It was transportation and climate change, however, that made up large parts of his address.
The state’s Global Warming Solutions Act, signed in 2008, includes a target of 80 percent emissions reduction by 2050. Baker’s commitment to net-zero emissions by then was immediately hailed by environmental groups, many of which have been critical of him in the past. The pledge is a “crucial directive [that] puts Massachusetts in the vanguard of states and nations combating climate change,” said Brad Campbell, president of the Conservation Law Foundation.
The Senate is preparing to unveil on Thursday its own bill addressing climate change, which Senate President Karen E. Spilka said Tuesday will include the accelerated 2050 goal. House Speaker Robert A. DeLeo indicated he, too, supports the new target.
In a thinly veiled shot at the Trump administration, Baker said there have been “significant steps backward in Washington” in addressing climate change. He also trumpeted a stalled proposal he called critical to helping fund climate-resiliency projects through a tax hike on real estate transfers.
He devoted part of his speech to pitching lawmakers on a regional pact known as the Transportation and Climate Initiative, or TCI. It’s designed to curb carbon emissions but would probably raise gas prices. Without action, he said, the state won’t meet its objectives on reducing all greenhouse gas emissions.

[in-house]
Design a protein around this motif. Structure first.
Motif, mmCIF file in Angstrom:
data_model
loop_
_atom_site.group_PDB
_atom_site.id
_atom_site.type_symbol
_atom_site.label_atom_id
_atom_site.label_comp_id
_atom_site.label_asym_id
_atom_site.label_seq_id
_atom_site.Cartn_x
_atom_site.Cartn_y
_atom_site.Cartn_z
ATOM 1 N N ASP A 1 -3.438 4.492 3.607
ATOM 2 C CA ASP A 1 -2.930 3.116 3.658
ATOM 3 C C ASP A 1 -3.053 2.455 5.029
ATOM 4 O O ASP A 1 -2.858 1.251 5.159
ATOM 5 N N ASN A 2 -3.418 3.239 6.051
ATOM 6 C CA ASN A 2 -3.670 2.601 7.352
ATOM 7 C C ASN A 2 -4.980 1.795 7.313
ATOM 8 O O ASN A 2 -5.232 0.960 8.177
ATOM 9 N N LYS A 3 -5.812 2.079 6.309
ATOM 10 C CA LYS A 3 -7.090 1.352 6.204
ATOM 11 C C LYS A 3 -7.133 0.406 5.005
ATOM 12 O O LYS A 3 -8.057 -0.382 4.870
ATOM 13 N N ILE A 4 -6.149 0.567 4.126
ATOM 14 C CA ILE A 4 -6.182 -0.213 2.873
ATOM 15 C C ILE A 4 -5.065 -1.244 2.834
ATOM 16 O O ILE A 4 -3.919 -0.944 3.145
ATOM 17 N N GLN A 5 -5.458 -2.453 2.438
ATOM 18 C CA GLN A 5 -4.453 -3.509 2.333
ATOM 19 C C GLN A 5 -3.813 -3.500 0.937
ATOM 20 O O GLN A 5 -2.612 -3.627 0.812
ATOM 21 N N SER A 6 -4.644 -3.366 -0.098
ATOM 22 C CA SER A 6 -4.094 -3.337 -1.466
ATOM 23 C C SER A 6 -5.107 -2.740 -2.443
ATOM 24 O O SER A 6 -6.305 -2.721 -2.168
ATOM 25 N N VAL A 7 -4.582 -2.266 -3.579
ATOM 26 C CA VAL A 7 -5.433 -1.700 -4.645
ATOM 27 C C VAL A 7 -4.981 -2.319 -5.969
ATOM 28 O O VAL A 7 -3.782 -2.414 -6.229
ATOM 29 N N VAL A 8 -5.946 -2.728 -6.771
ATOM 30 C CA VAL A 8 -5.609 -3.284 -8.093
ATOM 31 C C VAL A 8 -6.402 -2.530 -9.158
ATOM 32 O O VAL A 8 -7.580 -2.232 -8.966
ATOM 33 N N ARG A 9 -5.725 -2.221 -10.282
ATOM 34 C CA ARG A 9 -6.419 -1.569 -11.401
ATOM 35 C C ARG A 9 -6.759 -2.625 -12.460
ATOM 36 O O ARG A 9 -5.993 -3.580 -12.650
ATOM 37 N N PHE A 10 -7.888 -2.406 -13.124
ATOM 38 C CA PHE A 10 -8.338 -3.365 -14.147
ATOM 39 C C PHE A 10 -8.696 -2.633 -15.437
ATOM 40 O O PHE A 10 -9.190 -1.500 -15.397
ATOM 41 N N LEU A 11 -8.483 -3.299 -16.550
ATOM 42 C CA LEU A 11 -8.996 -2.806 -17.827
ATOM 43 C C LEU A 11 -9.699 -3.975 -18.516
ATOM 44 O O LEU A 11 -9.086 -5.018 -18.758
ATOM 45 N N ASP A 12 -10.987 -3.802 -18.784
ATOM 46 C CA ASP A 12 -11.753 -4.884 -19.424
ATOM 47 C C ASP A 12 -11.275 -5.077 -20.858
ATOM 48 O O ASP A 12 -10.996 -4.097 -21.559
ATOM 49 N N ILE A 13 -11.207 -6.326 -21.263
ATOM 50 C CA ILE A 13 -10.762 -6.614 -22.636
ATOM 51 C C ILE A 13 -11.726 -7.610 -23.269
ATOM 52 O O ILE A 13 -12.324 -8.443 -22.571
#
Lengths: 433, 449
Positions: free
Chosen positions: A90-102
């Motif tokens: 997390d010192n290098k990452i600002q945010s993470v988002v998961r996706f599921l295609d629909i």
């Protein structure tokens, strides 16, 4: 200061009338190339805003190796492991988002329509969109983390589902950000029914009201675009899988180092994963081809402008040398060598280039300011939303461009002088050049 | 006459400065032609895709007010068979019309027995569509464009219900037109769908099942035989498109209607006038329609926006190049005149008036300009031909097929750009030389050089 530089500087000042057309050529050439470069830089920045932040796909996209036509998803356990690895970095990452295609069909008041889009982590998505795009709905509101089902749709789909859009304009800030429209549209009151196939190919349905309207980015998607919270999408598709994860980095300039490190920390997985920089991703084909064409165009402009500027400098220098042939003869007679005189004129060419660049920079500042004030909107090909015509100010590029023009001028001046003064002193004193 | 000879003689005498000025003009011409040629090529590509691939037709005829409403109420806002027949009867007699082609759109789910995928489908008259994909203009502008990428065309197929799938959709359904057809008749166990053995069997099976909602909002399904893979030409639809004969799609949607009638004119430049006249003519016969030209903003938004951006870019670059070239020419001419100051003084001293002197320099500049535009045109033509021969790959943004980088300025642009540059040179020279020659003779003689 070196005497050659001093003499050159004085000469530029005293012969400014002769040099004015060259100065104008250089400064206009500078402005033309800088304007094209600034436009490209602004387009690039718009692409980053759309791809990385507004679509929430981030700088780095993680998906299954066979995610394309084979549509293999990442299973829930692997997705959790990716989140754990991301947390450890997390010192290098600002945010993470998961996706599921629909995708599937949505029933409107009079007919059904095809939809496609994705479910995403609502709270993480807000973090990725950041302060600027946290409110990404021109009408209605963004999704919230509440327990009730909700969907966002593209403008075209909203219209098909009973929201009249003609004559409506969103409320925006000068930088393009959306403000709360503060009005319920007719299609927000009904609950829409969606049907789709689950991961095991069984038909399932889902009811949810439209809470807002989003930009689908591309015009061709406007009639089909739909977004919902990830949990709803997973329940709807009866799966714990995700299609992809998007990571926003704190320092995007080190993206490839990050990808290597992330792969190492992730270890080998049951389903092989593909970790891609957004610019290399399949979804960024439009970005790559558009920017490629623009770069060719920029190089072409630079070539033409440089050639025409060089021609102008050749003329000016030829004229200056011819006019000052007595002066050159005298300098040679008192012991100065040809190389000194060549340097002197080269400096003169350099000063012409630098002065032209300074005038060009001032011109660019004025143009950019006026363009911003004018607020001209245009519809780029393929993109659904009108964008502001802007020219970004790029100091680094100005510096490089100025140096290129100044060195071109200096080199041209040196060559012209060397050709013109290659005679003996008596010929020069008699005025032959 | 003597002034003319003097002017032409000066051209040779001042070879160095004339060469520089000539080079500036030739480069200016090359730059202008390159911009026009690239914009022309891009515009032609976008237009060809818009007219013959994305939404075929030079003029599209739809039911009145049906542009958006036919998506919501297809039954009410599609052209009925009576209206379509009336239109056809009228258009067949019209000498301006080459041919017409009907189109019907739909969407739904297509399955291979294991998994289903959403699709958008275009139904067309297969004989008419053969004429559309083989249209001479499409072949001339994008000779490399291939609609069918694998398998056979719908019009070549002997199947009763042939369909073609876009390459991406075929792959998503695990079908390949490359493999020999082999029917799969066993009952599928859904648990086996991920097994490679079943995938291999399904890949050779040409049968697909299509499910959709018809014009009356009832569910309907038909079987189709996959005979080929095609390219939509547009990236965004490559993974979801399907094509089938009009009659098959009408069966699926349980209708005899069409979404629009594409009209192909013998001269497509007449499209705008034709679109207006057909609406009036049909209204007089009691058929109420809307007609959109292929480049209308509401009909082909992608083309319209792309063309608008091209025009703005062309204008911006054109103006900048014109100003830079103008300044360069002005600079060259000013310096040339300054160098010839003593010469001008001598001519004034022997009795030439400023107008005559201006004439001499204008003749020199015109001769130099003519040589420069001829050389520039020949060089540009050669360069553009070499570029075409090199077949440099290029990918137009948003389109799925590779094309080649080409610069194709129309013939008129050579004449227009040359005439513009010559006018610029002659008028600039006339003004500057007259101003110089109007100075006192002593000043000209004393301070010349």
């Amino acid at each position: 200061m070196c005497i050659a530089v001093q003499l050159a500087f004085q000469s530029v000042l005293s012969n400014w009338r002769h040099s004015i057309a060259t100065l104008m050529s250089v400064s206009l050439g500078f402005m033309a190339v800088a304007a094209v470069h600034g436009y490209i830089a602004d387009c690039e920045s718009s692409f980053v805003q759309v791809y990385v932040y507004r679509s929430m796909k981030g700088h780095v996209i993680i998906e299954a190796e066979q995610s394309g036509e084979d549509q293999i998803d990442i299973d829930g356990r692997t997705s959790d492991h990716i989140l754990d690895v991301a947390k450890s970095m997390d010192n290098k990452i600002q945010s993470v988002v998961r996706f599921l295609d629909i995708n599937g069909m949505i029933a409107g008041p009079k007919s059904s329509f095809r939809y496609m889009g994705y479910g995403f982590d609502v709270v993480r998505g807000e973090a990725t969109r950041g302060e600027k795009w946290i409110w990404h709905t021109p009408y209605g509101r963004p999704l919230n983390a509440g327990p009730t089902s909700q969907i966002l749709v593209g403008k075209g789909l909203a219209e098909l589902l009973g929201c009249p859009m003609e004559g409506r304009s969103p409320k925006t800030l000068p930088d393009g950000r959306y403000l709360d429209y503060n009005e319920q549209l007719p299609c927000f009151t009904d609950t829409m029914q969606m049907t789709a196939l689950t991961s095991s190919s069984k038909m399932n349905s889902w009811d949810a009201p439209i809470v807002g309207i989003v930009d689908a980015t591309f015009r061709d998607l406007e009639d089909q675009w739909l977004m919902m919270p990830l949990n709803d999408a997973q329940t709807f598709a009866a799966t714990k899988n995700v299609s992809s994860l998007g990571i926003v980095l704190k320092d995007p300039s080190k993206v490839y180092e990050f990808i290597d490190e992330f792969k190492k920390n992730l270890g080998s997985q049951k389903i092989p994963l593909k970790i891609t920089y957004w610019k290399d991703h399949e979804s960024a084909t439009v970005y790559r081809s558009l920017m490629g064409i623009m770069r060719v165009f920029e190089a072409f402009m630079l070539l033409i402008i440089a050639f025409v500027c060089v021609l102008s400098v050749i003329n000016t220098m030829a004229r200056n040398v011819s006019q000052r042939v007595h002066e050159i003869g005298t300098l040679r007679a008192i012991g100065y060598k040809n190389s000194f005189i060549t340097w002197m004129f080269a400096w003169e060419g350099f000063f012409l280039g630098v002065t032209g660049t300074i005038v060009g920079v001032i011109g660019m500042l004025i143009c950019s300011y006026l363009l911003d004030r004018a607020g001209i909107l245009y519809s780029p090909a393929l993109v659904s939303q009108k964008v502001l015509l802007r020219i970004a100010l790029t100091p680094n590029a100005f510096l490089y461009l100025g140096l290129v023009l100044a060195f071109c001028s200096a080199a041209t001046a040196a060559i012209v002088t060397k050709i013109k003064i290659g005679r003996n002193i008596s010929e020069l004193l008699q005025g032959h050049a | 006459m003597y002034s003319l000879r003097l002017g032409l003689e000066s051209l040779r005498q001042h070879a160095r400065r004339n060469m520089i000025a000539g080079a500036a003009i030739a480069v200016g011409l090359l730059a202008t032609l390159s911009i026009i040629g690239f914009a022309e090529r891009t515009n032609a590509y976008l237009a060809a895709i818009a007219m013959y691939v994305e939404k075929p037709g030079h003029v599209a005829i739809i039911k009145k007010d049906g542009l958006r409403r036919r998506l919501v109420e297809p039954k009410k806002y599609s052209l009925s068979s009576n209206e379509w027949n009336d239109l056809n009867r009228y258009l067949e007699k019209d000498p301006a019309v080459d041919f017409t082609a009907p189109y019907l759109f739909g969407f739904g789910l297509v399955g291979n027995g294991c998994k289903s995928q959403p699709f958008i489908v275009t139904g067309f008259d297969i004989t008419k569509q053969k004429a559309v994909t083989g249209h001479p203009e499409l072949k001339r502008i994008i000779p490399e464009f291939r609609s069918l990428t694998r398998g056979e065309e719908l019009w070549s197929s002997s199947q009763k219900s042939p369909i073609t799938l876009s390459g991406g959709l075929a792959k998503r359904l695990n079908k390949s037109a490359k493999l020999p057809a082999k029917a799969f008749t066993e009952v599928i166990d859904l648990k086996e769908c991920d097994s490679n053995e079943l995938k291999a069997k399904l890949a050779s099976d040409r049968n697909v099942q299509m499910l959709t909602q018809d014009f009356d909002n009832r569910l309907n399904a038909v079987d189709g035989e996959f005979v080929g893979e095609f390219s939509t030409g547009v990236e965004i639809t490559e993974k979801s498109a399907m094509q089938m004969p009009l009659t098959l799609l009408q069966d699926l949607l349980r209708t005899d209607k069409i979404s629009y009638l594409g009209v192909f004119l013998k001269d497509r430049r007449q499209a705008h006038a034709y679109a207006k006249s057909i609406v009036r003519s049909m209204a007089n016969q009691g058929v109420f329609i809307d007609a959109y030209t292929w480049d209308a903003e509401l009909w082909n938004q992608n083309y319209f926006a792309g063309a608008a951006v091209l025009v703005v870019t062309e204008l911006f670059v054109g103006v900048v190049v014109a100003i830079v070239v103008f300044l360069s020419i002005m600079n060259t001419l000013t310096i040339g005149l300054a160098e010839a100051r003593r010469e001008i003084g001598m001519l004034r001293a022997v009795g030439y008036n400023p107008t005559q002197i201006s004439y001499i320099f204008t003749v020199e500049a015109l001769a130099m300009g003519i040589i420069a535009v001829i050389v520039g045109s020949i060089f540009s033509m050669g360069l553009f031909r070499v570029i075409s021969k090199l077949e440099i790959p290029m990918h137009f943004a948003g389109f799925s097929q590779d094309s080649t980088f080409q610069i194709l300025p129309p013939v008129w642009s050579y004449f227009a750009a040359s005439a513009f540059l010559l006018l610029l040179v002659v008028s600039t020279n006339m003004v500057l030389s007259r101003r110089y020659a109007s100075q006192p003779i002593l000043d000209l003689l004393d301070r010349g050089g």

DeLeo has promised to take up legislation this year designed to pour new revenue into the state’s public transit systems, potentially through increasing the gas tax, a hike Baker would oppose. It has made for a ripe area of debate between legislative leaders, who have expressed skepticism of TCI, and Baker, one of its most vocal supporters.
“I get that this is going to be hard,” Baker said. “But together we have a real opportunity, and more importantly, a responsibility to achieve a significant reduction in transportation emissions.”
The MBTA, especially, has been a constant source of frustration — for commuters and for the governor. Baker said the $135 million in additional money he’s proposing for the system would go toward “operating funds” and help the T implement changes a panel of experts called for in a report that concluded safety hasn’t been a priority at the agency.
Chris Dempsey — the director of the advocacy group Transportation for Massachusetts, which has called for more funding for the T — said the extra money Baker proposed is a “necessary step” but also “a tacit acknowledgment that we need new revenue to fund our transportation system statewide.”